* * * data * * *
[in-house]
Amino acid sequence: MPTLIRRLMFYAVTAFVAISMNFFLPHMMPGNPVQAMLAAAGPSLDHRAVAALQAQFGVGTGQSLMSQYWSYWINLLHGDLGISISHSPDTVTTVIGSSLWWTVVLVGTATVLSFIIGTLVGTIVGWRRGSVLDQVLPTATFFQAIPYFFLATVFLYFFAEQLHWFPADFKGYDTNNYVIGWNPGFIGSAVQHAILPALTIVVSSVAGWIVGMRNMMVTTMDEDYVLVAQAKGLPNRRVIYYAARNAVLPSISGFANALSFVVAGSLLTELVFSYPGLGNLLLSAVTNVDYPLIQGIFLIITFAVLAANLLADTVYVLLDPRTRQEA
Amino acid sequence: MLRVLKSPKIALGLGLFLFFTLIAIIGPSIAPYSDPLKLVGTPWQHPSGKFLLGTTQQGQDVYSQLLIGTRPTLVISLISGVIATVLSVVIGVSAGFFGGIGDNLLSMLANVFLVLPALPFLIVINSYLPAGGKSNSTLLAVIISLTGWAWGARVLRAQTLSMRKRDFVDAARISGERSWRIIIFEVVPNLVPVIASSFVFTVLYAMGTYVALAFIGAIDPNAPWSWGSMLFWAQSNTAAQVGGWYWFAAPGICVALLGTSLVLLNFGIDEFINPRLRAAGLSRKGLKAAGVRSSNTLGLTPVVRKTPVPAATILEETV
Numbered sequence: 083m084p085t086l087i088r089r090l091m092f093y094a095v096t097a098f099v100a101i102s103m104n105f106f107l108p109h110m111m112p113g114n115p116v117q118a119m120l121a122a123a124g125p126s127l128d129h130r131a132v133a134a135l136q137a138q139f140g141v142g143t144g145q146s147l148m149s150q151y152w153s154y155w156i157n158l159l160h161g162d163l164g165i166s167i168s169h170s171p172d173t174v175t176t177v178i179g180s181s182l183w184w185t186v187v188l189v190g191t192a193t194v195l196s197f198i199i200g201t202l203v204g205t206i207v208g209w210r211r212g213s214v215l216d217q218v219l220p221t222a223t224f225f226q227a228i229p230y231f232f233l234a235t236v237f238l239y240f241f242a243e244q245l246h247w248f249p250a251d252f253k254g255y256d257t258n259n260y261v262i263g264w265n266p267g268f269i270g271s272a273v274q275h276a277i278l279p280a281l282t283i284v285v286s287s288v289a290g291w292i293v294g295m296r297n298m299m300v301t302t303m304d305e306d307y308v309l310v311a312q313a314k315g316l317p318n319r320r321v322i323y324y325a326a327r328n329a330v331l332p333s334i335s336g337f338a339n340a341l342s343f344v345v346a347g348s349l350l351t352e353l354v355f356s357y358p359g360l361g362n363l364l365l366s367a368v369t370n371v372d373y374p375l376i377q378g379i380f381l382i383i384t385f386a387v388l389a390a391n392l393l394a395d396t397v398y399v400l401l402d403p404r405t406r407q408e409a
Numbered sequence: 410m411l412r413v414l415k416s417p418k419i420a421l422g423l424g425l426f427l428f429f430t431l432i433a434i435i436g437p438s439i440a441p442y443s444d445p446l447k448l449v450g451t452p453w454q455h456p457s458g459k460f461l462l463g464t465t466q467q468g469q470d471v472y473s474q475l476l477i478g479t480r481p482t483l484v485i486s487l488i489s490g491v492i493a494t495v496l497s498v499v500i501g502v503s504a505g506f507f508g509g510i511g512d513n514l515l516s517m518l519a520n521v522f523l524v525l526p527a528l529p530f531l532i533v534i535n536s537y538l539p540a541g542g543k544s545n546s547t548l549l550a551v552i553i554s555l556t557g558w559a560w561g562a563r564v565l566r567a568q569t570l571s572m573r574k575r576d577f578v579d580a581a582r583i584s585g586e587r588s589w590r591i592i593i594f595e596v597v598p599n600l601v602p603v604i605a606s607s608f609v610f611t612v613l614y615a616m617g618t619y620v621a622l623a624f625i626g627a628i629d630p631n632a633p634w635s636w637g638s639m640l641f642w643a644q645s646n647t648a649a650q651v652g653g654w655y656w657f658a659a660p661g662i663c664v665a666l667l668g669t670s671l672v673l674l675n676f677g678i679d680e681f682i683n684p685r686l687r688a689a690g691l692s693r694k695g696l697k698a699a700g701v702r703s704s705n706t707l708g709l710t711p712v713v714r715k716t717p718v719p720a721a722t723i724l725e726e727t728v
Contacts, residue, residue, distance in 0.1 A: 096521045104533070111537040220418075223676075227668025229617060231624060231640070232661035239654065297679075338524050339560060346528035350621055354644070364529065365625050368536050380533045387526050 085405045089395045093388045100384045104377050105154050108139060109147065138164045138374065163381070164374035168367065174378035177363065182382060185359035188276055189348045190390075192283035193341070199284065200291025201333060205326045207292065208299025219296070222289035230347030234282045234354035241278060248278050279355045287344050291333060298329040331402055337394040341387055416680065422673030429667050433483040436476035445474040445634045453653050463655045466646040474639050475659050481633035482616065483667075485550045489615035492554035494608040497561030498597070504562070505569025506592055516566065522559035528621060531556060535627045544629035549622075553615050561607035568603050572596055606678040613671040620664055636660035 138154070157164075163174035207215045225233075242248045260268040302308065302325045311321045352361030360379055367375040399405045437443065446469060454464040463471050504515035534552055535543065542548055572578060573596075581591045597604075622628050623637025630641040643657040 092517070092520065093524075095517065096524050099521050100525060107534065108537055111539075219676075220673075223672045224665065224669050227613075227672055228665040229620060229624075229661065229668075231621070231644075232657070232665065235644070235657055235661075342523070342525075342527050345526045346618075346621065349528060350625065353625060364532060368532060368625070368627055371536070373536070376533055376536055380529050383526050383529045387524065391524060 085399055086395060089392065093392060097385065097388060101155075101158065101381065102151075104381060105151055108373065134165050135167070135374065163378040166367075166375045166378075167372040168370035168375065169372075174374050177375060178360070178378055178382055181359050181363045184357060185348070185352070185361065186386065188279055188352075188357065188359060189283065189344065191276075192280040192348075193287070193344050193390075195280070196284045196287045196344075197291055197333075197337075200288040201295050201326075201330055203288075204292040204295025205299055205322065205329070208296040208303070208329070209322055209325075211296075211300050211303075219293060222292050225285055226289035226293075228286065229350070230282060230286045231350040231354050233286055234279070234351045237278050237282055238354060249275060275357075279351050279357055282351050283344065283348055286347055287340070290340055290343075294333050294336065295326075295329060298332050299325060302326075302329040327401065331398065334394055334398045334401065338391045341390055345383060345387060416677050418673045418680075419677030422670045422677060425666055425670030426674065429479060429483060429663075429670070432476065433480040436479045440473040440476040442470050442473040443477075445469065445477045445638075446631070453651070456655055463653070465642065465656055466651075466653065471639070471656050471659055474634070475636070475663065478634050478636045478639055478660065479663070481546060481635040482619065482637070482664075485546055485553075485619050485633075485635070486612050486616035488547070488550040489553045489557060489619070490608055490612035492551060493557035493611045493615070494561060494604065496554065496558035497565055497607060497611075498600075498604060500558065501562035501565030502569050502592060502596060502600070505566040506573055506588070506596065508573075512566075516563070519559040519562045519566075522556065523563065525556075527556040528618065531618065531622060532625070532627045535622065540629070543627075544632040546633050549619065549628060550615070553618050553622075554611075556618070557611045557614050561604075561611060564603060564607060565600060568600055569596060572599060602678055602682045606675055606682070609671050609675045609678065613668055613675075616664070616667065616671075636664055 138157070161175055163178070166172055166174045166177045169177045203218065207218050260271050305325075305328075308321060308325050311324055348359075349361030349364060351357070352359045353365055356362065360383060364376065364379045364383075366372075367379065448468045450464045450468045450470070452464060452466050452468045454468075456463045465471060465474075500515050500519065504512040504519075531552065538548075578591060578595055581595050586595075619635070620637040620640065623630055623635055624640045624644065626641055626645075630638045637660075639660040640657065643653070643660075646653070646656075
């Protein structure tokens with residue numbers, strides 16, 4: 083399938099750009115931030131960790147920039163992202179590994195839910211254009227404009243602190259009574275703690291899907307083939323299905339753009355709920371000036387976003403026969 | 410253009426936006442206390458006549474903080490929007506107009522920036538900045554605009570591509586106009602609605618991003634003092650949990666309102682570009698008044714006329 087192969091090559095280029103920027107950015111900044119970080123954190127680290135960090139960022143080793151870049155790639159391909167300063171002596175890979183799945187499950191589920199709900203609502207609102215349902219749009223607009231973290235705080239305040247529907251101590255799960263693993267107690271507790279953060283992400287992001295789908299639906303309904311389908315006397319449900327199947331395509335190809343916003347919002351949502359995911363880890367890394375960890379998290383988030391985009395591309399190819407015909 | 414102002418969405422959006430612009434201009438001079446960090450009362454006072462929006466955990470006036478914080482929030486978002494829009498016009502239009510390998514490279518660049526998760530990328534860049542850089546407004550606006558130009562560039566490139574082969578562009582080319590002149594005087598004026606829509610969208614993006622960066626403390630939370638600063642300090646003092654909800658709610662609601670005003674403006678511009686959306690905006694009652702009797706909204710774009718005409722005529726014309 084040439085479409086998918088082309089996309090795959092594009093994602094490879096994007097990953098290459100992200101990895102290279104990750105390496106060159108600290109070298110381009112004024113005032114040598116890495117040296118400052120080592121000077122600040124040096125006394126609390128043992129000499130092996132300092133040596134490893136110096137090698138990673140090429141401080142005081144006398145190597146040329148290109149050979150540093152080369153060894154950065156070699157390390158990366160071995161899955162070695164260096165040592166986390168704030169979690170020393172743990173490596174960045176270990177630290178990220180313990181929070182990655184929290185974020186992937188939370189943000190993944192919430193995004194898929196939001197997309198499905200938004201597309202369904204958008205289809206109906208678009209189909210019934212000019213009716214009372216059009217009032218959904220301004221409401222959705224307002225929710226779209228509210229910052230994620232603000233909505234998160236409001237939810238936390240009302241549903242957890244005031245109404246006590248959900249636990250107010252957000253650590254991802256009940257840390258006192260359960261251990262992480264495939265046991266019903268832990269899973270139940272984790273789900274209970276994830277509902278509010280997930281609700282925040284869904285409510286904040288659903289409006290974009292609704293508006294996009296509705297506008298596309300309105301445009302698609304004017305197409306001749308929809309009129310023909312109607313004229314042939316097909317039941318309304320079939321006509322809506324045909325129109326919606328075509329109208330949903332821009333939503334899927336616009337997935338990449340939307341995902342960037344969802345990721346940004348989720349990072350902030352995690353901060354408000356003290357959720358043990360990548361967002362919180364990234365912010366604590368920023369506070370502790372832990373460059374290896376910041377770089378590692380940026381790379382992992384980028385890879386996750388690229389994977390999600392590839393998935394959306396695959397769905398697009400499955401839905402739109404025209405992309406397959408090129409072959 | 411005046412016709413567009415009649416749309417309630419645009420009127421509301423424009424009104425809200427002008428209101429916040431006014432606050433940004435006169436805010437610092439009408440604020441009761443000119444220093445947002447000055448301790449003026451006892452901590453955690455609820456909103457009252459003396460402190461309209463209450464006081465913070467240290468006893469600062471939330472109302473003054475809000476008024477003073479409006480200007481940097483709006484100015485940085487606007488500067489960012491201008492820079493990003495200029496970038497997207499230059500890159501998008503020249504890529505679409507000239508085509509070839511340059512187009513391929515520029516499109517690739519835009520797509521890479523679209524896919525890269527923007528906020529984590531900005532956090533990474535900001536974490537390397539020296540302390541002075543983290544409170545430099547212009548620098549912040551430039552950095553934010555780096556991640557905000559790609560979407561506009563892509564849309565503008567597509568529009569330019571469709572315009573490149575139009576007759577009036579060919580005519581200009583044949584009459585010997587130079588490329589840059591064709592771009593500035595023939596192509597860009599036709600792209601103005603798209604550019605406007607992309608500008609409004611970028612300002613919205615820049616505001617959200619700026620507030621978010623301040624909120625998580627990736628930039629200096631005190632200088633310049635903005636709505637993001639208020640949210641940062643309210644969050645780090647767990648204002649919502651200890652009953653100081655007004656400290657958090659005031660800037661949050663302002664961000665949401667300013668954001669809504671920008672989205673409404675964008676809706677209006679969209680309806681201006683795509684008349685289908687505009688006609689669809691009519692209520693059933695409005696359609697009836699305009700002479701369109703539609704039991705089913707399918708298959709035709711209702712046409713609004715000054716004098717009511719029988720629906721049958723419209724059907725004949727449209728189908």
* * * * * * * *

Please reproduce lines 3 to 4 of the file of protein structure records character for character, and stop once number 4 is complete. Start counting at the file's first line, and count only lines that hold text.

Amino acid sequence: MLRVLKSPKIALGLGLFLFFTLIAIIGPSIAPYSDPLKLVGTPWQHPSGKFLLGTTQQGQDVYSQLLIGTRPTLVISLISGVIATVLSVVIGVSAGFFGGIGDNLLSMLANVFLVLPALPFLIVINSYLPAGGKSNSTLLAVIISLTGWAWGARVLRAQTLSMRKRDFVDAARISGERSWRIIIFEVVPNLVPVIASSFVFTVLYAMGTYVALAFIGAIDPNAPWSWGSMLFWAQSNTAAQVGGWYWFAAPGICVALLGTSLVLLNFGIDEFINPRLRAAGLSRKGLKAAGVRSSNTLGLTPVVRKTPVPAATILEETV
Numbered sequence: 083m084p085t086l087i088r089r090l091m092f093y094a095v096t097a098f099v100a101i102s103m104n105f106f107l108p109h110m111m112p113g114n115p116v117q118a119m120l121a122a123a124g125p126s127l128d129h130r131a132v133a134a135l136q137a138q139f140g141v142g143t144g145q146s147l148m149s150q151y152w153s154y155w156i157n158l159l160h161g162d163l164g165i166s167i168s169h170s171p172d173t174v175t176t177v178i179g180s181s182l183w184w185t186v187v188l189v190g191t192a193t194v195l196s197f198i199i200g201t202l203v204g205t206i207v208g209w210r211r212g213s214v215l216d217q218v219l220p221t222a223t224f225f226q227a228i229p230y231f232f233l234a235t236v237f238l239y240f241f242a243e244q245l246h247w248f249p250a251d252f253k254g255y256d257t258n259n260y261v262i263g264w265n266p267g268f269i270g271s272a273v274q275h276a277i278l279p280a281l282t283i284v285v286s287s288v289a290g291w292i293v294g295m296r297n298m299m300v301t302t303m304d305e306d307y308v309l310v311a312q313a314k315g316l317p318n319r320r321v322i323y324y325a326a327r328n329a330v331l332p333s334i335s336g337f338a339n340a341l342s343f344v345v346a347g348s349l350l351t352e353l354v355f356s357y358p359g360l361g362n363l364l365l366s367a368v369t370n371v372d373y374p375l376i377q378g379i380f381l382i383i384t385f386a387v388l389a390a391n392l393l394a395d396t397v398y399v400l401l402d403p404r405t406r407q408e409a